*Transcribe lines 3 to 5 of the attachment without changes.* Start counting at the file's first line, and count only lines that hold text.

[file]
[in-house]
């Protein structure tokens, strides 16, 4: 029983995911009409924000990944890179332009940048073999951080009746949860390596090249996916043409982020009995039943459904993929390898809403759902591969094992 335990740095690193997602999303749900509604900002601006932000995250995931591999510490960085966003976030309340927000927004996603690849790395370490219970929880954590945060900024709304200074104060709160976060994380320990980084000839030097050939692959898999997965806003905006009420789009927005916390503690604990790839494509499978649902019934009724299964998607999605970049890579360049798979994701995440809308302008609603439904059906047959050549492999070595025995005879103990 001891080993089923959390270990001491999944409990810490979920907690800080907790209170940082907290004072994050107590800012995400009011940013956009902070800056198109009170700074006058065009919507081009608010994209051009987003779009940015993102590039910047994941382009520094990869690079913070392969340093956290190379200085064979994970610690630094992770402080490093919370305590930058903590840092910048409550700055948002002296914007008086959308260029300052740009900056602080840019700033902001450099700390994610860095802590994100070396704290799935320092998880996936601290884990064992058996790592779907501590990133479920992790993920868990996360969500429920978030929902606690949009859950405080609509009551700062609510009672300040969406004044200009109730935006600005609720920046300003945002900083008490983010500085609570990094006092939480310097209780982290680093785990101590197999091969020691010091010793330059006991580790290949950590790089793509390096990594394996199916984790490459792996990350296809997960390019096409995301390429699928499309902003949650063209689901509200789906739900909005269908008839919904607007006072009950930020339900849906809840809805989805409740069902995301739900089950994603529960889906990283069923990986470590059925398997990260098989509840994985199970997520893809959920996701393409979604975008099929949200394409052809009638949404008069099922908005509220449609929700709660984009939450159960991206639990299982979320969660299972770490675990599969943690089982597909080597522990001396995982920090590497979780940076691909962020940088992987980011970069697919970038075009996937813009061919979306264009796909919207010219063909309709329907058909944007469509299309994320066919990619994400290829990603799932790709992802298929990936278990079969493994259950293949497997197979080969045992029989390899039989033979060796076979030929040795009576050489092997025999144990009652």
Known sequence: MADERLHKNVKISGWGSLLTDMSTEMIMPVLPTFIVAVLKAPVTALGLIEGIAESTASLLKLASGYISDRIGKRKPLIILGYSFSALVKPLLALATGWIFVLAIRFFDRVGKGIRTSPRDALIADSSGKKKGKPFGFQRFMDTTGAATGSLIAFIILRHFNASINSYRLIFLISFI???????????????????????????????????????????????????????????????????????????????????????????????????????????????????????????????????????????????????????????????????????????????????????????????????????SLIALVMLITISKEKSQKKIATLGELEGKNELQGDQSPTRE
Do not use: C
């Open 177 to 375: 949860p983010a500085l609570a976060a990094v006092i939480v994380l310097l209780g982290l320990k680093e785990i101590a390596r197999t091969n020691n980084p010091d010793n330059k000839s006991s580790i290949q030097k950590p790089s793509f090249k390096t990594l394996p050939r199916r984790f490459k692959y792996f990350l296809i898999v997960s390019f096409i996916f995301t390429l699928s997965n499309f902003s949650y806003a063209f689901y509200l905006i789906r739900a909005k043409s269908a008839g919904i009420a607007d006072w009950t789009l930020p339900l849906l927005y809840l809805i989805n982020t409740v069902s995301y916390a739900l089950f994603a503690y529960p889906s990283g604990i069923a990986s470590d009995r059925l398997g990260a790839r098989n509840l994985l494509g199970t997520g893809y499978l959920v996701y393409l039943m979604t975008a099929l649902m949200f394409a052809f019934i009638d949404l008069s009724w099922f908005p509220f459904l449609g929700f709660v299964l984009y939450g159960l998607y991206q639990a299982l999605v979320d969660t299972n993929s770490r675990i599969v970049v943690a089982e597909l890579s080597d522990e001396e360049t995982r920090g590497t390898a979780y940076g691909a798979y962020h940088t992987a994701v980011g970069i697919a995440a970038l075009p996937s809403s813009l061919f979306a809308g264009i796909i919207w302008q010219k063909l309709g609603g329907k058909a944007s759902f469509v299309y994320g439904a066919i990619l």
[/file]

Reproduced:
Known sequence: MADERLHKNVKISGWGSLLTDMSTEMIMPVLPTFIVAVLKAPVTALGLIEGIAESTASLLKLASGYISDRIGKRKPLIILGYSFSALVKPLLALATGWIFVLAIRFFDRVGKGIRTSPRDALIADSSGKKKGKPFGFQRFMDTTGAATGSLIAFIILRHFNASINSYRLIFLISFI???????????????????????????????????????????????????????????????????????????????????????????????????????????????????????????????????????????????????????????????????????????????????????????????????????SLIALVMLITISKEKSQKKIATLGELEGKNELQGDQSPTRE
Do not use: C
């Open 177 to 375: 949860p983010a500085l609570a976060a990094v006092i939480v994380l310097l209780g982290l320990k680093e785990i101590a390596r197999t091969n020691n980084p010091d010793n330059k000839s006991s580790i290949q030097k950590p790089s793509f090249k390096t990594l394996p050939r199916r984790f490459k692959y792996f990350l296809i898999v997960s390019f096409i996916f995301t390429l699928s997965n499309f902003s949650y806003a063209f689901y509200l905006i789906r739900a909005k043409s269908a008839g919904i009420a607007d006072w009950t789009l930020p339900l849906l927005y809840l809805i989805n982020t409740v069902s995301y916390a739900l089950f994603a503690y529960p889906s990283g604990i069923a990986s470590d009995r059925l398997g990260a790839r098989n509840l994985l494509g199970t997520g893809y499978l959920v996701y393409l039943m979604t975008a099929l649902m949200f394409a052809f019934i009638d949404l008069s009724w099922f908005p509220f459904l449609g929700f709660v299964l984009y939450g159960l998607y991206q639990a299982l999605v979320d969660t299972n993929s770490r675990i599969v970049v943690a089982e597909l890579s080597d522990e001396e360049t995982r920090g590497t390898a979780y940076g691909a798979y962020h940088t992987a994701v980011g970069i697919a995440a970038l075009p996937s809403s813009l061919f979306a809308g264009i796909i919207w302008q010219k063909l309709g609603g329907k058909a944007s759902f469509v299309y994320g439904a066919i990619l």